What to Do in a Flood

new zealand flooding

What can you do to prepare for a flood?

 

In New Zealand there are certain regions and areas more at risk of flooding than others, like recent Canterbury flooding, Westland floods, and the West Auckland flooding events, for example. The first thing you can do to protect your home and your furnishings is to check if your home is in an at-risk area. Make sure you have appropriate insurance and always your insurer ask about natural disaster coverage.

 

What you should do during a flood

 

It’s been raining cats and dogs, the rivers are swelling, you can see the flood water rising –what do you do? Here’s a few practical steps to take to mitigate damage if your home may be at risk of being flooded:

 

-       If a flood starts to occur, make sure you, your loved ones and any pets are safe and can get to higher ground if necessary.

-       Be extremely wary of standing in any water inside your home or commercial property. Gas and electrical appliances present a hazard to you. Electrical wiring/applicances can be faulty, and especially when it comes to water damage, they present the risk of electrocution. Older homes may that contain re-wireable fuses are especially a risk.

-       If you can safely do so, you could turn off electrical power at the oudoor meter or internal switchboard. Any gas to your property can also be turned off at the street.

-       Use sandbags if you have them.

-       Pack up moveable furnishings (such as rugs, chairs, sofas if possible) and get them to a higher level, if you can or stack them on tables if you don’t have an upper floor.

-       Cover/wrap what you can (cushions/squabs/chairs/sofas) with plastic sheets or waterproof tarpaulins to prevent water from soaking the fabric.

-       Move any important documents and photographs to higher ground.

-       If you need to leave, grab your pre-prepared go-bag.

-       If there has been significant damage caused by the flood, take photos and lodge a claim online through your insurance company. If it’s safe to do so, wait for a response before disposing damaged items.

-       Air out and clean your home (if possible and it is safe to do so), to prevent mould and bacteria from forming.

-       If you have been inhabiting a flood affected home for a couple of days, it may be wise to put on protective gear, such as gloves and masks to protect you and your family from any exposed bacteria/mould.

-       If you have had any essential services repairs done, make sure to keep copies of the invoices.

-       Throw out any contaminated food and water supplies in the house, take photos of perishables to add to your claim.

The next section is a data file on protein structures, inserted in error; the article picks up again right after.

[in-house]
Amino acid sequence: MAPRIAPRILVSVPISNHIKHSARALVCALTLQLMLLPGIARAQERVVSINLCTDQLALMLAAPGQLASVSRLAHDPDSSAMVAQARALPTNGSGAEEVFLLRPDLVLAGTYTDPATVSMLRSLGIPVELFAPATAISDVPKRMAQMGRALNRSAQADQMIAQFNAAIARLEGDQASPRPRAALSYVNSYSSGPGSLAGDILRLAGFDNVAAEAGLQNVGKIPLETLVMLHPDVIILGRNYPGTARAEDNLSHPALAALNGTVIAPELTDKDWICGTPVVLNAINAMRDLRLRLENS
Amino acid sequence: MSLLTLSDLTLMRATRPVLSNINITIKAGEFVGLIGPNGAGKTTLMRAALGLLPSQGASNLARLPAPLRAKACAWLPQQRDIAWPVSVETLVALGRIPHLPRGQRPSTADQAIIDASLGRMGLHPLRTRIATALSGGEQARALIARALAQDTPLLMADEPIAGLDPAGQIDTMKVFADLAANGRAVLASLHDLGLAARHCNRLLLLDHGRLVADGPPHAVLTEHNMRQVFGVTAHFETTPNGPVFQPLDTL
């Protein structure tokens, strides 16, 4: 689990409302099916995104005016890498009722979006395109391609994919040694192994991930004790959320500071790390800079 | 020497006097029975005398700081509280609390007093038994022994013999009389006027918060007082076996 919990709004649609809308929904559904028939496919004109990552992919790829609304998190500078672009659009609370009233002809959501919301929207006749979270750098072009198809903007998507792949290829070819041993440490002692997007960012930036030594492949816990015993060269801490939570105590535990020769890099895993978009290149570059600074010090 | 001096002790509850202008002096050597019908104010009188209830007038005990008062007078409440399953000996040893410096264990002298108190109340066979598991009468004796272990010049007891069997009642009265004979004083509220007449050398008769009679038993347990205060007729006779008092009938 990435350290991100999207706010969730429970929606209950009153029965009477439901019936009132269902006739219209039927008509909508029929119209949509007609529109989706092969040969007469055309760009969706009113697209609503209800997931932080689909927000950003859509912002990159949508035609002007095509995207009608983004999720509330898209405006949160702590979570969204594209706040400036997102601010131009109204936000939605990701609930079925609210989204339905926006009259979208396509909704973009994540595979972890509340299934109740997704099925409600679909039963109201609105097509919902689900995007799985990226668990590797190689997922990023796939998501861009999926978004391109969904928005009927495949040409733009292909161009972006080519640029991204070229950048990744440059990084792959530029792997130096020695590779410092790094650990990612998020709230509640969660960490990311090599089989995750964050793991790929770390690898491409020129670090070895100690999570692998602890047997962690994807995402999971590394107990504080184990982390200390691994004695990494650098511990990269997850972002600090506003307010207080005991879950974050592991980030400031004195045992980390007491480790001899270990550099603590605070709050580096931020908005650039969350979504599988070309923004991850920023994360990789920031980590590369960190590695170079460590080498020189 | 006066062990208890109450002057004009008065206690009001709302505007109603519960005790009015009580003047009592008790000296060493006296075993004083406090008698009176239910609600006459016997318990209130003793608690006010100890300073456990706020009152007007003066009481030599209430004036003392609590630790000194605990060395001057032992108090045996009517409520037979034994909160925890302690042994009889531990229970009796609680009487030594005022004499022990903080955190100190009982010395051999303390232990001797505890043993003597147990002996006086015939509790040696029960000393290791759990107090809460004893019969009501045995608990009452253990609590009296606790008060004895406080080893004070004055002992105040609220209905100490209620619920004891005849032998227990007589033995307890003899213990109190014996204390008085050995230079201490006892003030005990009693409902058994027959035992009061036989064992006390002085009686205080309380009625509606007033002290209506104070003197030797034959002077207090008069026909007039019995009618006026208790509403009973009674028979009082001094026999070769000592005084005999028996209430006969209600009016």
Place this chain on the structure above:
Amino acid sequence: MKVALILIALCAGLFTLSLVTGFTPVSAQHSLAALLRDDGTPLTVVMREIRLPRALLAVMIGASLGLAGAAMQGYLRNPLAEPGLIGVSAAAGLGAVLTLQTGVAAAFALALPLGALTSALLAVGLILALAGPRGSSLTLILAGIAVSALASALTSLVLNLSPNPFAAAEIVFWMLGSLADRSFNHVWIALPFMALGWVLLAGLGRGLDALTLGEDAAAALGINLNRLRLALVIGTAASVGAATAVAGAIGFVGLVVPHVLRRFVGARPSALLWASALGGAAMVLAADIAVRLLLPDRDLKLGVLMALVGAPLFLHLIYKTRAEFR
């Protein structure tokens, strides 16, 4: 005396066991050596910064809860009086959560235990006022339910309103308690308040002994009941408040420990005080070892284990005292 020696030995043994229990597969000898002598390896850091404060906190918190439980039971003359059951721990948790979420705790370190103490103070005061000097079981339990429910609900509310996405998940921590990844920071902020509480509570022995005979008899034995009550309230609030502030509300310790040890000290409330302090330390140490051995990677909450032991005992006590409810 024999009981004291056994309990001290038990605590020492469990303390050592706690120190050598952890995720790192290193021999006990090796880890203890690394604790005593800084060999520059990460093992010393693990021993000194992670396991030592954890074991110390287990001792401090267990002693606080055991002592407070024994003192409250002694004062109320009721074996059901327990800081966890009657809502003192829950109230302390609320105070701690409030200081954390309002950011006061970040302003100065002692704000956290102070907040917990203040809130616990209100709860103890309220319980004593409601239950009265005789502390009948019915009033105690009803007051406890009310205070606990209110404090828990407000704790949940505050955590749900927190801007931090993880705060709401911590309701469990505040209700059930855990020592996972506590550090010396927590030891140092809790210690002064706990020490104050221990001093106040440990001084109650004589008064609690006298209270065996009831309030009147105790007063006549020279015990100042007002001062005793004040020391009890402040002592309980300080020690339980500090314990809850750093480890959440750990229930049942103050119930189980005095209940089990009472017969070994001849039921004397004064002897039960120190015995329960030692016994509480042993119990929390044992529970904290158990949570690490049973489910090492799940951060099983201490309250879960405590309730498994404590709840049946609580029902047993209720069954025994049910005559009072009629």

-       Check on your neighbours, especially those who require assistance.

 

 

Have a Flood Safety Plan in place

 

In so many cases, unfortunately, nature doesn’t give us time to prepare. Making sure you prepare a flood plan for a potential event is a necessity, especially if the area you are in is prone to flooding. Steps such as the following can help with a clean-up after a flood event:

 

-       Collect sandbags.

-       Have dehumidifiers in your home. This helps reduce the chance of mildew and mould forming after a flood when moisture can be at the most harmful.

-       Can you put up beams or railings in the garage to balance or hang furniture on?

-       Do you have a waterproof container filled with essentials for emergencies?

-       Apply a preventative fabric protector to your fabrics. Having a Scotchguard type fabric protector can help reduce the damage to your furniture from mould or bacteria. JAE have its own fabric protector - JAE’s fabric protector Fiberguard™ .

 

What to do if there is water damage to your furnishings

 

Even if you have done everything you can, floods can still cause significant water damage to the materials in your home. The following steps will help you, your insurance company, and our team at JAE with the aftermath and clean-up to help restore as much as we can.

 

1.    Once weather has cleared, put all furnishings, carpeting, rugs, bedding materials, mattresses, duvets outside on waterproof tarpaulins or plastic sheets to dry. This will help prevent them from developing mould. This also keeps fabrics separate to stop the colours from bleeding onto one another.

2.    Allow for more airflow around the house by opening doors, windows or running a fan or dehumidifiers. This will help start the drying process for hard to move objects, such as carpet.

3.    Fabrics should be cleaned thoroughly, check each fabric label to see the most appropriate way of cleaning, to prevent further damage. Make sure everything is disinfected so that you and your loved ones don’t get sick.

4.    Pressure treat larger objects with hot water to kill off any bacteria that may have soaked in.This is best done by a professional.

5.    To remove stubborn odours caused by dampness, apply baking soda as it is a natural deodoriser. Vacuum up after an hour.

 

Any flood event can cause significant stress and damage. We recommend calling in help. Your insurance provider, friends and family, your local JAE team – you don’t have to deal with the aftermath alone. Because upholstered furniture is likely to soak up impurities, and carpet can be difficult to dry thoroughly on your own, to ensure proper cleaning and drying, it is best to contact your local JAE branch do this for you. This can help reduce the damage and mitigate any health issues with mould or mildew forming in the future. You should also watch out for flood pests in the aftermath.

 

In the event of a flood, your local JAE team are likely on their way, so you can rest assured that they’ll take care of it.

For other flood and water damage related articles, please read our posts on How to Spot and Stop Water Damage and How to Deal with Water in Your Carpets.

Learn about JAE's Flood Restoration service
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